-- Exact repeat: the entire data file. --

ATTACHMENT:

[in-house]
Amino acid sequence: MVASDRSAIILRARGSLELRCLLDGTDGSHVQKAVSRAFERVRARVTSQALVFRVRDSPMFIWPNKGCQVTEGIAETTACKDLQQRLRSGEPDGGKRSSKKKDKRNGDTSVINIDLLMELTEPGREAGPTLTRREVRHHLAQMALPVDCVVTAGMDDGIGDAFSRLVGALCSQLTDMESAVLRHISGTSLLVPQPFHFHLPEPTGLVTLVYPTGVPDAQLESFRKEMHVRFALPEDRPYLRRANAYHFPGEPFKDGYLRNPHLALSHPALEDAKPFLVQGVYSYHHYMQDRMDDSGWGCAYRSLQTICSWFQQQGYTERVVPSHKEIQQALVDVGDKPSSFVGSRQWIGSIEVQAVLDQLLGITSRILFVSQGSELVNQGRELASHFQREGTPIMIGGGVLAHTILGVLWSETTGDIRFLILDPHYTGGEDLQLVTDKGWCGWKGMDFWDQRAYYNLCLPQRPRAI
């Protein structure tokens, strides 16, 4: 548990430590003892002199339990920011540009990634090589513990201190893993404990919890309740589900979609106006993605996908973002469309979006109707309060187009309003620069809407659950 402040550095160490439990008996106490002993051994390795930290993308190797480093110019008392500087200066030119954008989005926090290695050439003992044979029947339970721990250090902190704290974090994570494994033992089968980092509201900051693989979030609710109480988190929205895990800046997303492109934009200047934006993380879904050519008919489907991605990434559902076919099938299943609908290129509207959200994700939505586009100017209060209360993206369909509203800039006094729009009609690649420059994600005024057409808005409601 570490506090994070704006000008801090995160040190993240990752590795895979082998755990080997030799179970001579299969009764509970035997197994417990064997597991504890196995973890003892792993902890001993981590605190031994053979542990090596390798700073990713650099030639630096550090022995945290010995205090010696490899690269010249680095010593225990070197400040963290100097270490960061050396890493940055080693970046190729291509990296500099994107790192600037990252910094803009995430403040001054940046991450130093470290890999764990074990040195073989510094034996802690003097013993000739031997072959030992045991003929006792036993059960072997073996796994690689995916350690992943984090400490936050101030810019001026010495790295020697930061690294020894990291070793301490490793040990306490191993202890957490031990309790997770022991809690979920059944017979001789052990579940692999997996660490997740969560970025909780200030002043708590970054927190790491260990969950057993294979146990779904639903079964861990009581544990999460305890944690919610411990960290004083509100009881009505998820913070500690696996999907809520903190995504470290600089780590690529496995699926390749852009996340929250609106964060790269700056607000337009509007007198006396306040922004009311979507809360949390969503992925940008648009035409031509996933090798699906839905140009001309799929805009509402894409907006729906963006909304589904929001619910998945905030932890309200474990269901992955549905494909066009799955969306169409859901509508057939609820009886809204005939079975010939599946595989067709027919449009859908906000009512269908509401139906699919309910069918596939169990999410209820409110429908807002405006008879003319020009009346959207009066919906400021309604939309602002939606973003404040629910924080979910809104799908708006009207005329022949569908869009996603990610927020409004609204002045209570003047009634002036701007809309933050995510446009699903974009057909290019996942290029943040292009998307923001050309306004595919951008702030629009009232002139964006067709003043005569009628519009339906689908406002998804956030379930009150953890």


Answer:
[in-house]
Amino acid sequence: MVASDRSAIILRARGSLELRCLLDGTDGSHVQKAVSRAFERVRARVTSQALVFRVRDSPMFIWPNKGCQVTEGIAETTACKDLQQRLRSGEPDGGKRSSKKKDKRNGDTSVINIDLLMELTEPGREAGPTLTRREVRHHLAQMALPVDCVVTAGMDDGIGDAFSRLVGALCSQLTDMESAVLRHISGTSLLVPQPFHFHLPEPTGLVTLVYPTGVPDAQLESFRKEMHVRFALPEDRPYLRRANAYHFPGEPFKDGYLRNPHLALSHPALEDAKPFLVQGVYSYHHYMQDRMDDSGWGCAYRSLQTICSWFQQQGYTERVVPSHKEIQQALVDVGDKPSSFVGSRQWIGSIEVQAVLDQLLGITSRILFVSQGSELVNQGRELASHFQREGTPIMIGGGVLAHTILGVLWSETTGDIRFLILDPHYTGGEDLQLVTDKGWCGWKGMDFWDQRAYYNLCLPQRPRAI
């Protein structure tokens, strides 16, 4: 548990430590003892002199339990920011540009990634090589513990201190893993404990919890309740589900979609106006993605996908973002469309979006109707309060187009309003620069809407659950 402040550095160490439990008996106490002993051994390795930290993308190797480093110019008392500087200066030119954008989005926090290695050439003992044979029947339970721990250090902190704290974090994570494994033992089968980092509201900051693989979030609710109480988190929205895990800046997303492109934009200047934006993380879904050519008919489907991605990434559902076919099938299943609908290129509207959200994700939505586009100017209060209360993206369909509203800039006094729009009609690649420059994600005024057409808005409601 570490506090994070704006000008801090995160040190993240990752590795895979082998755990080997030799179970001579299969009764509970035997197994417990064997597991504890196995973890003892792993902890001993981590605190031994053979542990090596390798700073990713650099030639630096550090022995945290010995205090010696490899690269010249680095010593225990070197400040963290100097270490960061050396890493940055080693970046190729291509990296500099994107790192600037990252910094803009995430403040001054940046991450130093470290890999764990074990040195073989510094034996802690003097013993000739031997072959030992045991003929006792036993059960072997073996796994690689995916350690992943984090400490936050101030810019001026010495790295020697930061690294020894990291070793301490490793040990306490191993202890957490031990309790997770022991809690979920059944017979001789052990579940692999997996660490997740969560970025909780200030002043708590970054927190790491260990969950057993294979146990779904639903079964861990009581544990999460305890944690919610411990960290004083509100009881009505998820913070500690696996999907809520903190995504470290600089780590690529496995699926390749852009996340929250609106964060790269700056607000337009509007007198006396306040922004009311979507809360949390969503992925940008648009035409031509996933090798699906839905140009001309799929805009509402894409907006729906963006909304589904929001619910998945905030932890309200474990269901992955549905494909066009799955969306169409859901509508057939609820009886809204005939079975010939599946595989067709027919449009859908906000009512269908509401139906699919309910069918596939169990999410209820409110429908807002405006008879003319020009009346959207009066919906400021309604939309602002939606973003404040629910924080979910809104799908708006009207005329022949569908869009996603990610927020409004609204002045209570003047009634002036701007809309933050995510446009699903974009057909290019996942290029943040292009998307923001050309306004595919951008702030629009009232002139964006067709003043005569009628519009339906689908406002998804956030379930009150953890």